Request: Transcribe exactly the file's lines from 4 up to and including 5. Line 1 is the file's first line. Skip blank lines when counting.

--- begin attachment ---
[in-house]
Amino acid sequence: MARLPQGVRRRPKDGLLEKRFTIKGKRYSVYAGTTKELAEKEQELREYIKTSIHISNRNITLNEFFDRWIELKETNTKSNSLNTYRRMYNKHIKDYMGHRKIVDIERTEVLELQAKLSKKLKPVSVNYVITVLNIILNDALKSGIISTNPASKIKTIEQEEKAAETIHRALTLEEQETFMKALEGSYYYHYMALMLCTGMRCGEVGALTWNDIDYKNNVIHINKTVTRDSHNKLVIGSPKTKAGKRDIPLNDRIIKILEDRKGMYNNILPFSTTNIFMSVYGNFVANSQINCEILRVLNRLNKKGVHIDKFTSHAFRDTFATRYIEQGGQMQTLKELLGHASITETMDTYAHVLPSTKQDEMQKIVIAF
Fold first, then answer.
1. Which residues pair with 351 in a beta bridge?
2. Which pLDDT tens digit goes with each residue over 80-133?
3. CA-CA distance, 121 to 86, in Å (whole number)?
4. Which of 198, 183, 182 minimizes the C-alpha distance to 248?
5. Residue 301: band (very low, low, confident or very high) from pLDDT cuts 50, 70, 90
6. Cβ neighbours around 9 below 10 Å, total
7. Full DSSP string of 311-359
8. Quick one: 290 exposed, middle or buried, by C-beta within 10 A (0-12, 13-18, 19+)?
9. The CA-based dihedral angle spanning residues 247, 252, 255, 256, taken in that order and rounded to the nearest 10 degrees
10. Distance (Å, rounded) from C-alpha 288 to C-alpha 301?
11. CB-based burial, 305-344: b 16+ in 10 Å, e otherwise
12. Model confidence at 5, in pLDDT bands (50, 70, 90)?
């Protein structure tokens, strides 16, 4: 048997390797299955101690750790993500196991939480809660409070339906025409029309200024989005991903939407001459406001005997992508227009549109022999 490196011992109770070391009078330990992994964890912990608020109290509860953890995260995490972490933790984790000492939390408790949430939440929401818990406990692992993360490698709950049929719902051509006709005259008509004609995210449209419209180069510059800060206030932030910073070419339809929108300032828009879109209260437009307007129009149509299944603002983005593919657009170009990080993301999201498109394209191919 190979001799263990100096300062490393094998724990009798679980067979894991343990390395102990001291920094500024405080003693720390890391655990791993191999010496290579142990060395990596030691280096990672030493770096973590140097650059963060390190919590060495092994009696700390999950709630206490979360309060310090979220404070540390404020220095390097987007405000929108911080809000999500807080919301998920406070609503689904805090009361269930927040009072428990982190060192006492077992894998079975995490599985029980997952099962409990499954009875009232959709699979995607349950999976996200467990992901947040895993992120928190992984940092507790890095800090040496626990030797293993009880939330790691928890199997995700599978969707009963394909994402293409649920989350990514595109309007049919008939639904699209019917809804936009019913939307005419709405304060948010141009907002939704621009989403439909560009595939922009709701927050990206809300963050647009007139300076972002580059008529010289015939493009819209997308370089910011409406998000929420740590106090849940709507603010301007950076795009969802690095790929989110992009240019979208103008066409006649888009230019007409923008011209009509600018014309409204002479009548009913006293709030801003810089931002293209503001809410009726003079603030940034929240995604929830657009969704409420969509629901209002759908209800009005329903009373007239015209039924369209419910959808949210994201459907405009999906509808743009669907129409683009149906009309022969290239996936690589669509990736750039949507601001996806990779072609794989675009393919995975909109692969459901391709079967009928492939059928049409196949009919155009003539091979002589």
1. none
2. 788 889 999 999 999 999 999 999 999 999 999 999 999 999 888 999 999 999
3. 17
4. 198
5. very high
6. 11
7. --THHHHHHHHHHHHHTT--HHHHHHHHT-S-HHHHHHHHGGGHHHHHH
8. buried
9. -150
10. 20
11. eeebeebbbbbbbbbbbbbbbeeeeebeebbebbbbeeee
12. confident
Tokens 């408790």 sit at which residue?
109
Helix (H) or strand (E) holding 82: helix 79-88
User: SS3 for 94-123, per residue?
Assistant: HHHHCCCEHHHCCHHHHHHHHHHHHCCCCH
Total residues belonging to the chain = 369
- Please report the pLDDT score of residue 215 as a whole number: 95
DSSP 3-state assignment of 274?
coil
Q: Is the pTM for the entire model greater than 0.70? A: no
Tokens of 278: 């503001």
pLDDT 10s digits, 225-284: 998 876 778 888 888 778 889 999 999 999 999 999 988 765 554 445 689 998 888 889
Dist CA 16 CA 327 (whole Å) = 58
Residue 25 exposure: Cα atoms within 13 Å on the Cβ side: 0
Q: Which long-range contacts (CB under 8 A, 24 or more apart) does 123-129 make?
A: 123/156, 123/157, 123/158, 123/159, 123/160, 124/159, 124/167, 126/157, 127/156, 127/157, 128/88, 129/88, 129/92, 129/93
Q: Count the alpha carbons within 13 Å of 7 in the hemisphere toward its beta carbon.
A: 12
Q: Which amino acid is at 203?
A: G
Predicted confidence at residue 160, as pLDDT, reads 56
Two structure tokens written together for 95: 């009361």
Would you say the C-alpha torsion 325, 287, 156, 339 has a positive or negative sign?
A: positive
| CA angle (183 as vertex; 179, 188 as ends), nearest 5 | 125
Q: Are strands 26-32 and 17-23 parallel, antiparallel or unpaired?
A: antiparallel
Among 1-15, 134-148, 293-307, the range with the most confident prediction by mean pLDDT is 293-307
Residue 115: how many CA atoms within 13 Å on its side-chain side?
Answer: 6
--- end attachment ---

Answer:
1. Which residues pair with 351 in a beta bridge?
2. Which pLDDT tens digit goes with each residue over 80-133?